High (very high) adventure
By By Otha Barham / outdoors editor
June 25, 2004
In 1842 Kit Carson guided John Charles Fremont on his expedition into the Rocky Mountains. In 1865 Jim Bridger guided the Powder River expedition. In 1869 John Wesley Powell led the first expedition down the canyons of the Green and Colorado rivers, exploring unknown territory in Wyoming, Colorado and Utah. In 1984 my son John and I crossed the continental divide through the woods in a restored mid-century jeep.
Okay, these aren't events of similar historical significance, but adventure is adventure any way you slice it. And for John and me this was high adventure.
My father and I had bought the old Willys from Bill Lewis in Meridian not long after John was born. We made a top for it out of a discarded metal light cover from a service station on 8th street. We invaded the Kemper County deer woods with the thing and spent the ensuing years making a pile of memories, some of which I detail in my book, "Here Where We Belong."
When we moved to Colorado in the eighties, I towed the old jeep west and John and I rebuilt it from the ground up. We put a Warne overdrive in it which gave us 12 forward gear options. With oversize tires and chrome wheels, we had both trail worthiness and class.
But one of the most appreciated improvements was brakes. We had not needed brakes in the Kemper County flatwoods because when you needed to stop there you simply took your foot off the gas pedal and the mud would mire you to a stop forthwith. However in the Rocky Mountains brakes are a major requirement, trust me on this.
John and I studied the blank spaces on the topographical maps of the Eastern Slope of the Rockies that lay west of our home. The areas of no recorded roads intrigued us. We wondered if it would be possible to venture beyond the roads and drive the jeep all the way across the continental divide. After all, the thing would practically climb a tree if you put it in a low enough gear.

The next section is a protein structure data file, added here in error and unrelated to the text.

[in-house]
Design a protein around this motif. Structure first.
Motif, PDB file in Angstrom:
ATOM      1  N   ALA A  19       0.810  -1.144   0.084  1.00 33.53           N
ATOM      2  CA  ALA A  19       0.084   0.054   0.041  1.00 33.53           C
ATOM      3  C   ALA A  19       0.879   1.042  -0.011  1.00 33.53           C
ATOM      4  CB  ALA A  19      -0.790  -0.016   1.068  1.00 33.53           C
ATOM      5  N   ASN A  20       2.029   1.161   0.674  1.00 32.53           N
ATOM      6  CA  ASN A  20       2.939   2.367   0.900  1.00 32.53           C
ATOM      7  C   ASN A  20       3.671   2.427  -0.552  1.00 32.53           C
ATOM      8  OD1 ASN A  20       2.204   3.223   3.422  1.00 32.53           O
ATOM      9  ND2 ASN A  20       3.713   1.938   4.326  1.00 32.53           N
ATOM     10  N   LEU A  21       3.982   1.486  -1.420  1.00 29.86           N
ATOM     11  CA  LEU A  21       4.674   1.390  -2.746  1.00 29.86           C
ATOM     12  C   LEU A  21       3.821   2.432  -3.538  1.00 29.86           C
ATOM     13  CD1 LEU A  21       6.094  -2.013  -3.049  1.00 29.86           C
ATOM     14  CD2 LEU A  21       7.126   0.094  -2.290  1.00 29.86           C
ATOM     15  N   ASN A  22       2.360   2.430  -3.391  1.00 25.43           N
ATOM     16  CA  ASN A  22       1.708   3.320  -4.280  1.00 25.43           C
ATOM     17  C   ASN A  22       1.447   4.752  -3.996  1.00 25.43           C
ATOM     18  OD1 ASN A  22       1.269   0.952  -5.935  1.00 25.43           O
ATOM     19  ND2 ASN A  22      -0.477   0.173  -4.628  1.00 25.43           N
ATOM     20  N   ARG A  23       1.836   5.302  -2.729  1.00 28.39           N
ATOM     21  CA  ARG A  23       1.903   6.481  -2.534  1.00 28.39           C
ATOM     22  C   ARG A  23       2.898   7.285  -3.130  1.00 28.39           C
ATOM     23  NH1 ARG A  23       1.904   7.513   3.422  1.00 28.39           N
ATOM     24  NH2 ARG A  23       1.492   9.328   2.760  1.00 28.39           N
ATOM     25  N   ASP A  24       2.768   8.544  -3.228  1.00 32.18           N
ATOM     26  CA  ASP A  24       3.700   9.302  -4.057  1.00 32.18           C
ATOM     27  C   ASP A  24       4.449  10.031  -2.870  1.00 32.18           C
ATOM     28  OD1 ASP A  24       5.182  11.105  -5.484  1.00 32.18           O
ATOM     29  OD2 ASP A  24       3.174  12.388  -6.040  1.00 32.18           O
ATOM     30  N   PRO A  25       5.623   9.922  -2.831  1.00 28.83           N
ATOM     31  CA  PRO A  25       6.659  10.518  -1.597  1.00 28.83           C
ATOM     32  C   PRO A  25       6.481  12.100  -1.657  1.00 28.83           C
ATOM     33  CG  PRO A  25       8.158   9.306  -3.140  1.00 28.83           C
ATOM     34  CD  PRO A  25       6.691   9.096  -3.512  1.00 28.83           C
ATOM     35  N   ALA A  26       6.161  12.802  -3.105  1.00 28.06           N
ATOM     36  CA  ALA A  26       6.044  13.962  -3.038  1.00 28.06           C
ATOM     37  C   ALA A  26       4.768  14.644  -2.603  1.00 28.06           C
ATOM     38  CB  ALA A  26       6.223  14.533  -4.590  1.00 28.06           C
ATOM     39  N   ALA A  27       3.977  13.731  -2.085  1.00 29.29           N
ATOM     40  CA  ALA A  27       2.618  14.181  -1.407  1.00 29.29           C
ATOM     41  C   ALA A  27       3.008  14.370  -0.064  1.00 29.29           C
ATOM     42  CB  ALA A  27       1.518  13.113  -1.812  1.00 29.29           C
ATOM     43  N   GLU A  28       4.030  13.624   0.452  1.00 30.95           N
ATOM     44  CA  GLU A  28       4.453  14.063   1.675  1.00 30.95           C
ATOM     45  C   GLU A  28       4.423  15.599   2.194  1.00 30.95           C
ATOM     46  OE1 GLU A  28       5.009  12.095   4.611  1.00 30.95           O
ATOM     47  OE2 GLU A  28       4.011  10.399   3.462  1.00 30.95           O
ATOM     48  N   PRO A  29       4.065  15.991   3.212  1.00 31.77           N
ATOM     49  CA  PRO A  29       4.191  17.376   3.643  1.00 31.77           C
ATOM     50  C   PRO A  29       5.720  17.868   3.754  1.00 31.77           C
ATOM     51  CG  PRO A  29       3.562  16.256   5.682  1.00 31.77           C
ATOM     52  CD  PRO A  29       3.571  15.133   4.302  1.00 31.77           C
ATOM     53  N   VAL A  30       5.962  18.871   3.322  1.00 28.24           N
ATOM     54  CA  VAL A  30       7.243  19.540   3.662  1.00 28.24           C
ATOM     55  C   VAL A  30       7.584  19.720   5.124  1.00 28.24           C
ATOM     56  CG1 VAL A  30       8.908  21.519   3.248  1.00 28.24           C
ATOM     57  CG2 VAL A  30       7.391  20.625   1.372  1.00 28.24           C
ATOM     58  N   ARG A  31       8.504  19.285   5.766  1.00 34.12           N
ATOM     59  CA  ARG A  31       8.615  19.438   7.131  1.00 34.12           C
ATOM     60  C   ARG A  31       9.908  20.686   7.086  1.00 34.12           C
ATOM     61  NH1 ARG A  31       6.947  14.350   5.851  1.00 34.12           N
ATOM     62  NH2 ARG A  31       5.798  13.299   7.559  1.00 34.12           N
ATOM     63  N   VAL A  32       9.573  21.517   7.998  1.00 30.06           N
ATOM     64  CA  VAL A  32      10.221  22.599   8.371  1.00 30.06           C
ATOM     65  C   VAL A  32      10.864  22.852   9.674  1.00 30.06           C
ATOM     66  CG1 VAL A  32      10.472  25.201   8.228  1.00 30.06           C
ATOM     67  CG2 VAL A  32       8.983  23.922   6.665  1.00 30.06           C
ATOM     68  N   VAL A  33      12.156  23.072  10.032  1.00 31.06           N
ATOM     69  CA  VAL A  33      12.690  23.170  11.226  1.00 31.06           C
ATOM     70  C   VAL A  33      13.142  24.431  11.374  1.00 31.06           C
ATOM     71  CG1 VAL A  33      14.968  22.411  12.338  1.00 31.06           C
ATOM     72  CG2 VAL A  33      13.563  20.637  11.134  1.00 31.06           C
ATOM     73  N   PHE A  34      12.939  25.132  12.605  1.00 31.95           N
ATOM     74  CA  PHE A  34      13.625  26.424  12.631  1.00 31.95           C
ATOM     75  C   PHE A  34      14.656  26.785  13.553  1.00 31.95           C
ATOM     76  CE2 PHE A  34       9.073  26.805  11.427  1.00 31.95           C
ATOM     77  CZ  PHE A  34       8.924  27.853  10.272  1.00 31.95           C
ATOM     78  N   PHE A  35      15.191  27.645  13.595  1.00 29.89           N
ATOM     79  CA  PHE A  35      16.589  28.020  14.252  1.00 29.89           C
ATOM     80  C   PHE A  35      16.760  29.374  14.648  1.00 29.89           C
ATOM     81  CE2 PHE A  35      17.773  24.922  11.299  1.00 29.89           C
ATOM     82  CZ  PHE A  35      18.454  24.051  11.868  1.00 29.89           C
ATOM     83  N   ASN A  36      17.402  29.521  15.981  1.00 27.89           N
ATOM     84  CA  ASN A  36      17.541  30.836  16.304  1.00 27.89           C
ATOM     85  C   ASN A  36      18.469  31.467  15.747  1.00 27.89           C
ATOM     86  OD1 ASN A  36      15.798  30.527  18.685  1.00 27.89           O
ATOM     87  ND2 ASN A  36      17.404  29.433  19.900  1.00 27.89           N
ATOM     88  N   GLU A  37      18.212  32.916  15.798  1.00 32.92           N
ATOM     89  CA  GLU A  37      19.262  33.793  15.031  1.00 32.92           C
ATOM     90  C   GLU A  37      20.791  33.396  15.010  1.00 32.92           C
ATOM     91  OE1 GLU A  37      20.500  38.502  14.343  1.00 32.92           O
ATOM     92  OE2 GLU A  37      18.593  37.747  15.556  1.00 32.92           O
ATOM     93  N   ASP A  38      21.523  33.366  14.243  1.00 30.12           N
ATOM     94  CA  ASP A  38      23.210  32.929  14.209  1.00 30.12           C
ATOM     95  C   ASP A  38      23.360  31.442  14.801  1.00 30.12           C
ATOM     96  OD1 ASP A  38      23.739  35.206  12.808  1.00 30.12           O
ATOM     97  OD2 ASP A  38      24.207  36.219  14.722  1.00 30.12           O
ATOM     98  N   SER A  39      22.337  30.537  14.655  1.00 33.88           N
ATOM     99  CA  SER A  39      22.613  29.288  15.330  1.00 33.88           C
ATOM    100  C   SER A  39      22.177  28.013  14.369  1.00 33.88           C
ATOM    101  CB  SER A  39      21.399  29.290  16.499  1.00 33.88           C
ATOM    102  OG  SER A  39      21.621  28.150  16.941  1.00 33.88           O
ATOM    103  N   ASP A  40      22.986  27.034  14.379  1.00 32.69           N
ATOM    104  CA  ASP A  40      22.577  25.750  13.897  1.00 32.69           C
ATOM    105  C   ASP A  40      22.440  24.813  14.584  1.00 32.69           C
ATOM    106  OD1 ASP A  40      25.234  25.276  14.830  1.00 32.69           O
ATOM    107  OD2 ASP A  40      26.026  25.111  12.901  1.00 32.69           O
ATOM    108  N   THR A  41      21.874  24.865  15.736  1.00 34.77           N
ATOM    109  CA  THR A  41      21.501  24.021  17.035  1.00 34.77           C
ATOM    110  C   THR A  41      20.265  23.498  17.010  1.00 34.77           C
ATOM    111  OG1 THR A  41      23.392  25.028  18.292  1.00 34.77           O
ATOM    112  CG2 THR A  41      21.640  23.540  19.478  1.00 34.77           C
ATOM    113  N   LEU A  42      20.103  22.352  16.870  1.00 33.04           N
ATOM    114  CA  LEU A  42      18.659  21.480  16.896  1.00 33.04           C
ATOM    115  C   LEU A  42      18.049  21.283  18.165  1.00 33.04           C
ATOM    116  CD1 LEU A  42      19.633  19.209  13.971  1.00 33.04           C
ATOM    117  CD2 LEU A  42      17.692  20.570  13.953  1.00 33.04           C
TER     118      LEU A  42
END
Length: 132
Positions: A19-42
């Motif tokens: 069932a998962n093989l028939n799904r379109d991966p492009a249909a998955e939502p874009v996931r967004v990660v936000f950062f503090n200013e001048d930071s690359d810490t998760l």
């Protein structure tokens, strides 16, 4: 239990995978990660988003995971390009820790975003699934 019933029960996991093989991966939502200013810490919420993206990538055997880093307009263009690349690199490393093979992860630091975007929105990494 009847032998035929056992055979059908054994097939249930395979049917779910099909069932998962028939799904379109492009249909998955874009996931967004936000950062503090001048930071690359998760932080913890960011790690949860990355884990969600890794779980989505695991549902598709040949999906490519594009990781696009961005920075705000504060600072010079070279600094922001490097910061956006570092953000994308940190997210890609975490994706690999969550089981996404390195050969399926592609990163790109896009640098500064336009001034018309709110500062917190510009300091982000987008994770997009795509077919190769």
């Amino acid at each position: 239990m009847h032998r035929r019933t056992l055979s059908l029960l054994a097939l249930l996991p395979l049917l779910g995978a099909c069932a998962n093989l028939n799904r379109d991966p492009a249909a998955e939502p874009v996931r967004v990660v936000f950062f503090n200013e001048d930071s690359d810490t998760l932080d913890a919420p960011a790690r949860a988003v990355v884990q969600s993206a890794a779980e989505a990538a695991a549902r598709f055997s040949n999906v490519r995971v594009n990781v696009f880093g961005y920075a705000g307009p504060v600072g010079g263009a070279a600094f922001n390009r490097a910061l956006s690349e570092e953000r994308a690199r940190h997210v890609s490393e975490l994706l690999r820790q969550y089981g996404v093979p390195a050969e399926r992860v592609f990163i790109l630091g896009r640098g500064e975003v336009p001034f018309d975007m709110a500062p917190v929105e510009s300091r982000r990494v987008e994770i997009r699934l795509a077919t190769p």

I don't recall what we told my wife, Lurey, that kept her from calling the authorities to stop this foolhardy endeavor. "Going out for a drive," I suppose, or something similar. (When we returned we didn't mention the tunnel that skirted the edge of a thousand foot precipice or the abandoned trestle supported by hundred-year-old poles.)
When we left the end of the last public road, we left civilization. Well before we reached timberline, we saw only occasional evidence of former human life. The U. S. Forest Service manages this high country, and the rules prevent anyone from building a house up there. Of course since the gold has been depleted for the most part, there is very little reason to want to build up where your lungs get overworked, unless your bent is hermitry
We traveled old logging and mining roads for the most part, ever keeping our eyes to the west. We knew there were villages scattered about on the West Slope, but had only a smattering of faith that we could reach one of them. But every time doubt threatened success due to some obstacle, we gritted our teeth and plunged on.
One obstacle was the huge pile of soil and rocks that blocked the tunnel, which was strangely situated right at the edge of a cliff. I suppose the Forest Service created the mound to keep people out. When the jeep's four wheels crawled over the giant heap, the little six-volt headlights showed no abyss or cave-in ahead, so we crept forward with caution, trusting that we wouldn't cause the tunnel and half the mountain to give way and send us plummeting to the forest below. Luckily, the far end of the tunnel was open, with only another enormous rock pile to negotiate.
Somewhere up there where the earth touches the clouds, we crossed the divide. Then we picked our way slowly down hill at every opportunity. We switched back a lot when trails would play out.
Finally we ran completely out of trails. We crossed a meadow here and a burn there and just kept the jeep pointed west, and downward of course. Finally we found a forest road and it led to pavement that we thought we recognized. We hung a right and drove into downtown Winter Park, our adventure completed.
Assuredly it was not one of those daring campaigns that explored the wild west. But I believe it was okay for us to feel just a teeny bit like Lewis and Clark
(Note: Otha Barham's book, "Here Where We Belong," is available for $11.22 plus $1.85 shipping and $.78 tax for Mississippi residents by writing him at 3100 38th Street, Meridian, MS 39305, or phoning (601) 482-4440.)